5 Famous American Bridges
America boasts some of the most famous and understated bridges in the world today. Here we review 5 of the most famous and historic. Travel throughout certain regions and you will drive over bridges dating back to the 1800’s.
Golden Gate Bridge – San Francisco California
One of the most iconic symbols in America has to be the Golden Gate Bridge in San Francisco. Spanning across the Golden Gate of San Francisco bay and joining US Route 101 and the California State Route 1; this is possibly one of the most photographed bridges in the world.
Completed under budget in April 1937, it was at the time the longest cable suspension bridge in the world. The original design by Joseph Strauss was deemed unacceptable from a visual point, with the final design by New York’s Manhattan Bridge designer Leon Moisseiff. With so many vantage points to view the bridge and pedestrian access by foot or bicycle, you will be sure to snap perfect pictures. She is particularly beautiful when clouded in fog.
Sunshine Skyway Bridge – Tampa Florida
The Bob Graham Skyway Bridge spans almost 7kms (4 miles) over Tampa Bay in Florida and connects St. Petersburg and Terra Ceia. Completed in February 1987 it was built as a replacement from an older version that was partially destroyed in a shipping accident.
The Sunshine Skyway Bridge is often featured in automobile commercials, which due to its length and sunny location makes it ideal for filming. At the highest point she stands 431 feet high (131m) and approximately 175 feet from the water (53m) due to the popular shipping and cruise ship laneway.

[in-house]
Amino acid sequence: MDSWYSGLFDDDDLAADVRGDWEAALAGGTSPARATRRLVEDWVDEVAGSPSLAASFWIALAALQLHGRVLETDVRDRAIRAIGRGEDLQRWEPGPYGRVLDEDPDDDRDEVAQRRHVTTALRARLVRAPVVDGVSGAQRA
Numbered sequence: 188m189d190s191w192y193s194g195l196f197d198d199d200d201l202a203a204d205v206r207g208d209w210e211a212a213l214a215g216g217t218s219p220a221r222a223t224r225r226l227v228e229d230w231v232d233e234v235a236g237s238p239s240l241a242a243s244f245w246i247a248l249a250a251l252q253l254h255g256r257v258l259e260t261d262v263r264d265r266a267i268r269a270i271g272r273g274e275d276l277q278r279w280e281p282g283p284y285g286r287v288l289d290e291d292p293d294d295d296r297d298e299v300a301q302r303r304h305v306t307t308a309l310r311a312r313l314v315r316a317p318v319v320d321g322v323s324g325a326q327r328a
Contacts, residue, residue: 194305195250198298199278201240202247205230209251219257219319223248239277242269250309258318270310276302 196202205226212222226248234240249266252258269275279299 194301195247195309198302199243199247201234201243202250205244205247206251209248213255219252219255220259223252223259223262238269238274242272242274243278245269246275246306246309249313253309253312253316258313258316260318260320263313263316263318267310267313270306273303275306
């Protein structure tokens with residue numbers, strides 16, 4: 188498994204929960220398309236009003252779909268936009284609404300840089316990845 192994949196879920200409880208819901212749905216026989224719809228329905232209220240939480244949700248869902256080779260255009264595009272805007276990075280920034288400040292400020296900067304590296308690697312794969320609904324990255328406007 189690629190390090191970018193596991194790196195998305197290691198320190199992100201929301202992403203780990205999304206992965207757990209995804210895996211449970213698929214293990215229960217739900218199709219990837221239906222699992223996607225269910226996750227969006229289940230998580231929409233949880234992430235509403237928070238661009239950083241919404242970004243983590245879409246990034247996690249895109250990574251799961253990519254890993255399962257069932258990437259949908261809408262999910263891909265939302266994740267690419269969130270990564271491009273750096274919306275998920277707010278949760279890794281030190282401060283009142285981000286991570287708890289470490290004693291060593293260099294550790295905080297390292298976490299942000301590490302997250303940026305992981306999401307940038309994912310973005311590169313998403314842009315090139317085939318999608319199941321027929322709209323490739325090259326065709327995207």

George Washington Bridge – New York
Dubbed the GWB by locals, the George Washington Bridge sprawls 4,760 feet (1,450m) across the Hudson River and joins Manhattan with New Jersey. This is one unique bridge that is spread over two different levels with the upper level providing 4 lanes of traffic in each direction and the lower level with 3 lanes of traffic in each direction to make a total of 14 lanes.
Originally built in October 1931 and designed by Cass Gilbert and named the Hudson River Bridge, the name was changed soon after and dedicated to the first President of the United States, George Washington. Popular as a pedestrian and tourist photo vantage point, a dedicated pass is allocated allowing you to walk, cycle or roller skate end to end.
Mackinac Bridge – Michigan
Envisioned as early as the 1880’s but not completed until 1957, Mackinac, or “Big Mac”, joins the upper and lower peninsulas of Michigan and is currently the third longest suspension bridge in the world. Stretched over 26,000 feet (8,000m) and 155 feet high (47m), the four lanes provide direct access to approximately 12,000 movements per day.
Designed by engineer David B Steinman, it was named after the Algonquian Native Americans name for the area ‘Michilimackinac’ meaning “great road of departure”. There is no pedestrian or bicycle access across the bridge due to the reasonably low guard railing and high gusts of wind. Nervous drivers can have their transportation driven for them across the bridge for free using the Drivers Assistance Program.
Navajo Bridge – Arizona
Located in Marble Canyon Arizona, the Navajo Bridge has two bridges spanning 900 feet over and 470 feet above the Colorado River. The original bridge (on left of image) was built in 1929 but by 1990 the traffic flow was deemed too great and the bridge failed many Highway Codes. Due to several factors such as local interests and environmental concerns, replacement soon became the only option.
Once completed in 1994 the original bridge was closed down to traffic and is now pedestrian access only with the new bridge, adhering to all Highway Codes, becoming the vehicle access. Great photo opportunities await with wonderful views of a small part of the Colorado River.